Scary story is scary...

https://contraspin.co.nz/deciphering-the-tor-project/

Recent disclosures of NSA documents have demonstrated that all you need to do to get yourself on a watch-list these days is to run Linux or to be a commercial sys admin (systems administrator) by trade. In this environment, is it surprising that the government is both targeting users of Tails/Tor etc, while simultaneously enjoying the benefits of the technologies, itself?

I can’t trust the source
they seem to be the only ones talking about it.

I don’t know why someone in the free world would use Tor unless they were planning to do something illegal (it’s become one of the world’s top platforms for criminal activity, which ranges from drug dealing to hiring a assassin to the arrangement of cyber attacks).

@Ace

maybe you don’t want your ISP to know about your porn preferences

And if you don’t have any of that, then it’s a moot point.

If, ten years from now, people started selling nuclear bombs on hidden Tor websites (like they already do with fully automatic weapons and military hardware), would you change your tune?

people can sell those legally inside the united states as it is,
you just need special permits.

and weapons are dangerous, and designed to be so,
that said, soon they will be 3d printed, or even machined by a cnc machine
12 at a time…

The right to private communication is a right.

Assume all incocent until proven guilty…

[QUOTE][QUOTE]It’s a question fit for Benjamin Franklin. Prior to the American Revolution, Franklin had been the postmaster for the British Crown, establishing postal delivery routes throughout the colonies. In the early days, it was only official government communications that passed through the post, and it was “sealed against inspection.” Later, when the mail could be used by citizens, carriers would regularly read others’ mail along their long routes for entertainment. Franklin, eager to maintain the sanctity of the mail in a time of political upheaval, developed a set of regulations and affixed locks to postal carriers’ saddle bags. Franklin’s early regulations became part of the basis for privacy law, as did the Fourth Amendment rule about unreasonable searches, which the Framers certainly intended to cover postal mail.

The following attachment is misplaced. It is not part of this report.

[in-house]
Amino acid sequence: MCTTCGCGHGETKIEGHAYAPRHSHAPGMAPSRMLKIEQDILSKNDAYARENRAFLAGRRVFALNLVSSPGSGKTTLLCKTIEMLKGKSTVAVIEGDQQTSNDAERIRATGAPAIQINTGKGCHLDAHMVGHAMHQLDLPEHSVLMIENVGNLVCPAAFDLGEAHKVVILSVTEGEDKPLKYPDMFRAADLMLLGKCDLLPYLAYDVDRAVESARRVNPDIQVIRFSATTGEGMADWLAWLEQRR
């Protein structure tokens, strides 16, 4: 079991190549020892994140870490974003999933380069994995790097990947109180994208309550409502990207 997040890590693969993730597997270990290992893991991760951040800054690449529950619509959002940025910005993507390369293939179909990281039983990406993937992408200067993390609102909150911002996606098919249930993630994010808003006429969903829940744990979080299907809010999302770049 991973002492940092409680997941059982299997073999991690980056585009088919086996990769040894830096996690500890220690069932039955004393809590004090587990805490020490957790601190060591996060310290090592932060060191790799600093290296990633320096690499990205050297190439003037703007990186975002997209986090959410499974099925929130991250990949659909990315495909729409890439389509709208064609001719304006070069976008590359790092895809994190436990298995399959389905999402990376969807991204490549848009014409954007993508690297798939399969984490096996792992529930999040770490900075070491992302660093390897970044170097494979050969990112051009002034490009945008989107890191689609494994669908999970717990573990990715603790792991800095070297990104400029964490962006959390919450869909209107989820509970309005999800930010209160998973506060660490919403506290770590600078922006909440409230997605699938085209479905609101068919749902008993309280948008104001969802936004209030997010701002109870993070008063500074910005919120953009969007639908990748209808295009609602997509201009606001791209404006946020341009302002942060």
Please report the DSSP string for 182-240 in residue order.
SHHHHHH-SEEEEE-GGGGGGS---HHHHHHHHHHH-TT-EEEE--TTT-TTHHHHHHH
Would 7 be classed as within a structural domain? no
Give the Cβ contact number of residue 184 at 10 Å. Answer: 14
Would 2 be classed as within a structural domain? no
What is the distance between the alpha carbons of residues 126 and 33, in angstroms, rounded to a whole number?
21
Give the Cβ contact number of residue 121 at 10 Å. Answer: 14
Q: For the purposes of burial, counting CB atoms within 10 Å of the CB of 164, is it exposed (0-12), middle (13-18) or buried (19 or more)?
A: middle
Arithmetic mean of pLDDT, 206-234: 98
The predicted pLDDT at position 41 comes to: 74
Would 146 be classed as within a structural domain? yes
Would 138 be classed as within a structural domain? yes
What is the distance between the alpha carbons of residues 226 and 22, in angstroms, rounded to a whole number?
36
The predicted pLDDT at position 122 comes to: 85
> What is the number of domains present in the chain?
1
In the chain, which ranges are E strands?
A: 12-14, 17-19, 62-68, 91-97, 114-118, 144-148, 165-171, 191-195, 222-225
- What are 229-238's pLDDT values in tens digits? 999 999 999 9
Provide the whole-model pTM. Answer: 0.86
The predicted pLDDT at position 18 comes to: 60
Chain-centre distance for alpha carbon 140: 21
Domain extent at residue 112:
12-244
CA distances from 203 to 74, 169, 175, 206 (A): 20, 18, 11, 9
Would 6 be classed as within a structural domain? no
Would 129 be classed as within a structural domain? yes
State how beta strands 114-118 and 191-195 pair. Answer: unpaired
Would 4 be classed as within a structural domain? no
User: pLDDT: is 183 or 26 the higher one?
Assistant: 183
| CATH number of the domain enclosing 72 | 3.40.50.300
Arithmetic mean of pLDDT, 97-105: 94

[/QUOTE][/QUOTE]

Nope,
It’s inevitable,
technology always has it’s bad sides,

How about I say this,
the people who are going to go to the dark net and order nukes, probably don’t give one about whether or not it’s illegal to use tor.

Get off of BA then, since it’s probable that the NSA would be able to access this thread and your posts if they wanted to (even if you were using Tor when writing them).

The whole right to privacy might sound like a good thing until you start hearing stories of massive death and destruction on a daily basis (because it also means the bad guys get to plan their nefarious deeds in total privacy as well).

You seem to have a lot of faith in this surveillance project,ace

You don’t set up surveillance to catch bad guys, you set it up to find out every bodies secrets, so you can manipulate and control anyone you want.

Most dark-web sites are run as honeypots not to expose and prosecute but to trap and ensnare future pawns. It’s all about control.

The NSA spies on people also the government are reptilians all hail the ogre lord shrek i’m sorry I couldn’t take it seriously.

I like scary stories. I read stories at my free time. Also like to site alone and read. I am professional writer and essay editor working at custom essay writing service. Reading is a very good habit and it will increase our thinking capability.

Saying that you don’t need privacy protection because you don’t have anything to hide is like saying you don’t need free speech because you don’t have anything to say.